Ransomware makes child porn menaces in broken English

Graham Cluley
@gcluley

Earlier this week, the researchers at SophosLabs examined a new strain of ransomware that had been discovered in the wild.

The malware encrypts files on the victim’s computer – and demands that a ransom is paid for the safe return of their contents.

Users whose computers are hit by the malware are told to respond with a unique ID number to a Gmail or Live webmail address for the password that will unlock their data.

You can imagine how disturbing this could be to a computer user who did not have a reliable recent backup of their important documents, spreadsheets and databases.

What makes things even more menacing is that the cybercriminals don’t rely purely upon the loss of data access to be an incentive to pay the ransom of 3000 Euros. They also threaten to contact the police with a “special password” that will reveal spamming software and “child pornography”…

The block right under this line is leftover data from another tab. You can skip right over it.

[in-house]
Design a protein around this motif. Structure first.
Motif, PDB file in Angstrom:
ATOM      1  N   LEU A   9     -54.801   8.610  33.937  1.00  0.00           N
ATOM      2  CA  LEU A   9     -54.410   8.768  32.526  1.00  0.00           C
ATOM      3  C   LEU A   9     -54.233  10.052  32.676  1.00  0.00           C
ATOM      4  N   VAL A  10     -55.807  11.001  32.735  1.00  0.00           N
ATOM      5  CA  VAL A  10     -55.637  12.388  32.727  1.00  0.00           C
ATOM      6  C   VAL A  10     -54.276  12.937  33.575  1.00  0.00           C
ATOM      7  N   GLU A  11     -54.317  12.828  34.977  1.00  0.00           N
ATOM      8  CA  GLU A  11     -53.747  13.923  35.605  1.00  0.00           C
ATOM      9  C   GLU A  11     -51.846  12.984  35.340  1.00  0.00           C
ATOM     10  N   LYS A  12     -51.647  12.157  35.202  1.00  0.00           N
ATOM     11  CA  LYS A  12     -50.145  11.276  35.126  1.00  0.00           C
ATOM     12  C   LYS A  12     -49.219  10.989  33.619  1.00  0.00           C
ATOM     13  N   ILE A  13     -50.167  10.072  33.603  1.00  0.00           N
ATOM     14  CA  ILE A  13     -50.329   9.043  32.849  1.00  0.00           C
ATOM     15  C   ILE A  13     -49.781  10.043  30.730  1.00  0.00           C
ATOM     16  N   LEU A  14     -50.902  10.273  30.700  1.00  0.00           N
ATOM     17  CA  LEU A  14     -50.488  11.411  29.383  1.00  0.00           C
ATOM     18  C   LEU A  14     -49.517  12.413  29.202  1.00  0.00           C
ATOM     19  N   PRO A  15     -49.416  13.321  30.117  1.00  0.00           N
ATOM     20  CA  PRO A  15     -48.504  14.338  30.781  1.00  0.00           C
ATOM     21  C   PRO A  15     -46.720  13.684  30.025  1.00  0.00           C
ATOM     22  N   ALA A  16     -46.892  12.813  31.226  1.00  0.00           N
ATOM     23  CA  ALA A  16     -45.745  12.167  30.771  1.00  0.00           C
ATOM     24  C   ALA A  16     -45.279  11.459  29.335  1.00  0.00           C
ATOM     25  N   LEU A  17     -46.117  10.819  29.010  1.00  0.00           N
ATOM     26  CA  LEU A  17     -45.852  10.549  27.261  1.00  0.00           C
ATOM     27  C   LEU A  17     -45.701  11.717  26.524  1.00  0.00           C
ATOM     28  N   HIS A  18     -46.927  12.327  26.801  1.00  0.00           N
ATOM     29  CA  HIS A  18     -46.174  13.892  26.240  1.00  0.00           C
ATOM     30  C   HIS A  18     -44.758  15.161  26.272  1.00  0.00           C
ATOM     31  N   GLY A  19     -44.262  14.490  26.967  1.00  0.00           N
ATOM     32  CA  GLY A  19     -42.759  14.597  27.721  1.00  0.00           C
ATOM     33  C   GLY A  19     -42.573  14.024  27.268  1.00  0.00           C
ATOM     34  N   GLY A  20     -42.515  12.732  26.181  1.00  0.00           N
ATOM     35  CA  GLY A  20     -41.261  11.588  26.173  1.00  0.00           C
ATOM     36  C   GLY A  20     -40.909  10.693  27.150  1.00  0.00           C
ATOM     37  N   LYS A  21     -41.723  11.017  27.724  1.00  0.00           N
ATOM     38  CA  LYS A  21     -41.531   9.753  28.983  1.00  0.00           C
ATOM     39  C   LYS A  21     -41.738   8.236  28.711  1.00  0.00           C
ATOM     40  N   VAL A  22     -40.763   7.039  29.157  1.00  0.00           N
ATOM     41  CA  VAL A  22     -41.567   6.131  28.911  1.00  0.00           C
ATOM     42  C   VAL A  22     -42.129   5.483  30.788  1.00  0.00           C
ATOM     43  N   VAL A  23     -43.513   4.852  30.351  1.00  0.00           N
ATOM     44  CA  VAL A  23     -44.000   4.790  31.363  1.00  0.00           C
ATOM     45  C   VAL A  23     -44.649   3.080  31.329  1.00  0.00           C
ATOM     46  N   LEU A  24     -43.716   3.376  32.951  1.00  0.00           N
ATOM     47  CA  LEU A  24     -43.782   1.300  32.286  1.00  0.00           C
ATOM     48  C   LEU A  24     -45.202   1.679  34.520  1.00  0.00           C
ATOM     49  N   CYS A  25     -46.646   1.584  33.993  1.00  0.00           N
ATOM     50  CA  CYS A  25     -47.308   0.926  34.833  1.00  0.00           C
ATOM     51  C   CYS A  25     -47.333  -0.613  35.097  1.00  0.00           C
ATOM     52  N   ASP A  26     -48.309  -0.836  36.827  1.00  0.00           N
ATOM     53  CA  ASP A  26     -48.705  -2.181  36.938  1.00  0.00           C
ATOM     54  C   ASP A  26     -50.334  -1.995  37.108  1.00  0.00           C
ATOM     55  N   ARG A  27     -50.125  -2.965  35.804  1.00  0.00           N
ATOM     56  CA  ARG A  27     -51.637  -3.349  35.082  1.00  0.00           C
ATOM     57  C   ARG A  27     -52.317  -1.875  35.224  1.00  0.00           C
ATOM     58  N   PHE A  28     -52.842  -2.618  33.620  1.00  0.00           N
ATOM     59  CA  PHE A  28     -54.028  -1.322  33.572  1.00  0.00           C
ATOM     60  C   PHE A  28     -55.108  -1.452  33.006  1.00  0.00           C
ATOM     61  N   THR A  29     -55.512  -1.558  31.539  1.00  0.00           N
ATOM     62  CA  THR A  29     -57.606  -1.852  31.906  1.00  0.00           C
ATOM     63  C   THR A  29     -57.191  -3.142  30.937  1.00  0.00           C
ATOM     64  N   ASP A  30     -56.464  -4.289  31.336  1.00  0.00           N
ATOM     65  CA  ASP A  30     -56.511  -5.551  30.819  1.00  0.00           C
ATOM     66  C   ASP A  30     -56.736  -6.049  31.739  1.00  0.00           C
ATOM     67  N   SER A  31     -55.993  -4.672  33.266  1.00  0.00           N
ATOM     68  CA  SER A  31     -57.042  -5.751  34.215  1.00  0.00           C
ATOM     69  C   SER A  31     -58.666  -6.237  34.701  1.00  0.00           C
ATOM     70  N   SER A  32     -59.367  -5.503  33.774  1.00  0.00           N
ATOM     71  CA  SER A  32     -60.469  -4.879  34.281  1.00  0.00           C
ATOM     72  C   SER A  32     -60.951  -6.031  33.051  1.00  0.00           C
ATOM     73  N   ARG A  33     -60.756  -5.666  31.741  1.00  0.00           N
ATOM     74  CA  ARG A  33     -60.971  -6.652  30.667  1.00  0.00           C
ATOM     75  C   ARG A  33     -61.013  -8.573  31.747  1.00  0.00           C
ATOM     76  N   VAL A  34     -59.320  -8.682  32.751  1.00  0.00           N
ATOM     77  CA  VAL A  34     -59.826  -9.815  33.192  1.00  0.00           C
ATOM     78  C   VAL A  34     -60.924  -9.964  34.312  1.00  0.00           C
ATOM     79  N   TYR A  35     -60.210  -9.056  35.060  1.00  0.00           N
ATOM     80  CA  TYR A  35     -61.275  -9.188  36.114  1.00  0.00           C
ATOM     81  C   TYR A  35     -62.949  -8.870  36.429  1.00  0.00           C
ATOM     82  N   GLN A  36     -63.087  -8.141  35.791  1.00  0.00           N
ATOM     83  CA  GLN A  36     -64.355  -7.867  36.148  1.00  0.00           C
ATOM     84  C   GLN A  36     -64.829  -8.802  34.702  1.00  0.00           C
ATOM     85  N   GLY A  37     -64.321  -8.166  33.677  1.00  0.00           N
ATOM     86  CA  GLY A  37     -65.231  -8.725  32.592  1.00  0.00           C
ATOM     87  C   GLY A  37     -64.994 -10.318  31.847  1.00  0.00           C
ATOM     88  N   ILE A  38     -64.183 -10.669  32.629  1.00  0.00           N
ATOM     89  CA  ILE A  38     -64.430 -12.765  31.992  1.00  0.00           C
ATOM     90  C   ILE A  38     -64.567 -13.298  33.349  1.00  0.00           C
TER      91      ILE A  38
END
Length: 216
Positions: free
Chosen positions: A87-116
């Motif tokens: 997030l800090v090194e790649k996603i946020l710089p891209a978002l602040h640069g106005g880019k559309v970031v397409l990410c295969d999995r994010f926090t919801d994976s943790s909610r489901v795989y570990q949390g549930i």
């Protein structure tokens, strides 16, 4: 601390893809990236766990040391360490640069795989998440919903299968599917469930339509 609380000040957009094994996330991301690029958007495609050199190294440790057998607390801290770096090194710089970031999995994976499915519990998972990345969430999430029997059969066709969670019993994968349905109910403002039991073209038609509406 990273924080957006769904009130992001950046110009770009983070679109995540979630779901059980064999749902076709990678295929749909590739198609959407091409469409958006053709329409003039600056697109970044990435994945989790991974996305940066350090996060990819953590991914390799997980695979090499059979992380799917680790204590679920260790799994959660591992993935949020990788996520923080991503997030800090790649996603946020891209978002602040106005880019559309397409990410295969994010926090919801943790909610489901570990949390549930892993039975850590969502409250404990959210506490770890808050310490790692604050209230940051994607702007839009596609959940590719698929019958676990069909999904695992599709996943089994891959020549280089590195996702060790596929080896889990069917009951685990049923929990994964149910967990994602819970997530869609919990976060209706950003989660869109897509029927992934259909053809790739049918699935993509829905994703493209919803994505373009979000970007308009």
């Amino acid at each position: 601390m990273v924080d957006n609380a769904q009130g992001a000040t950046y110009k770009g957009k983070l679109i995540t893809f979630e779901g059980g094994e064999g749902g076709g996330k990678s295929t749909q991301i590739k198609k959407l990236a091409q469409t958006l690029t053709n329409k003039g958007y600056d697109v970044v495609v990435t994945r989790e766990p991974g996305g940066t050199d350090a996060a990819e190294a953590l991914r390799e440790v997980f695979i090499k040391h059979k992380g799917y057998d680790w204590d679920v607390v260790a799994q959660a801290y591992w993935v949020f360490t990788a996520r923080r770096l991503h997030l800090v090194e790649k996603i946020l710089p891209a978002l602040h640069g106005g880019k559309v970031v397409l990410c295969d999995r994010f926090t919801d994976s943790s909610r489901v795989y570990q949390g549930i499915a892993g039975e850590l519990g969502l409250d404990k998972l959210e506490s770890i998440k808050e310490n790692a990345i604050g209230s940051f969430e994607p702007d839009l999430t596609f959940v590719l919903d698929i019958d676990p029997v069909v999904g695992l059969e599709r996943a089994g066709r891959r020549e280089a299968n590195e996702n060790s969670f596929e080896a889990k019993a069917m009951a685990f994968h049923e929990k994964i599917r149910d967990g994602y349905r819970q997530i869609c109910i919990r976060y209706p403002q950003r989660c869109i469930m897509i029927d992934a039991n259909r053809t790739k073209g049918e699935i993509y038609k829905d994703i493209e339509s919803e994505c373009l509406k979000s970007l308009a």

Read more in my article on the Naked Security website.

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Graham Cluley is a veteran of the anti-virus industry having worked for a number of security companies since the early 1990s when he wrote the first ever version of Dr Solomon's Anti-Virus Toolkit for Windows. Now an independent security analyst, he regularly makes media appearances and is an international public speaker on the topic of computer security, hackers, and online privacy. Follow him on Twitter at @gcluley, or drop him an email.

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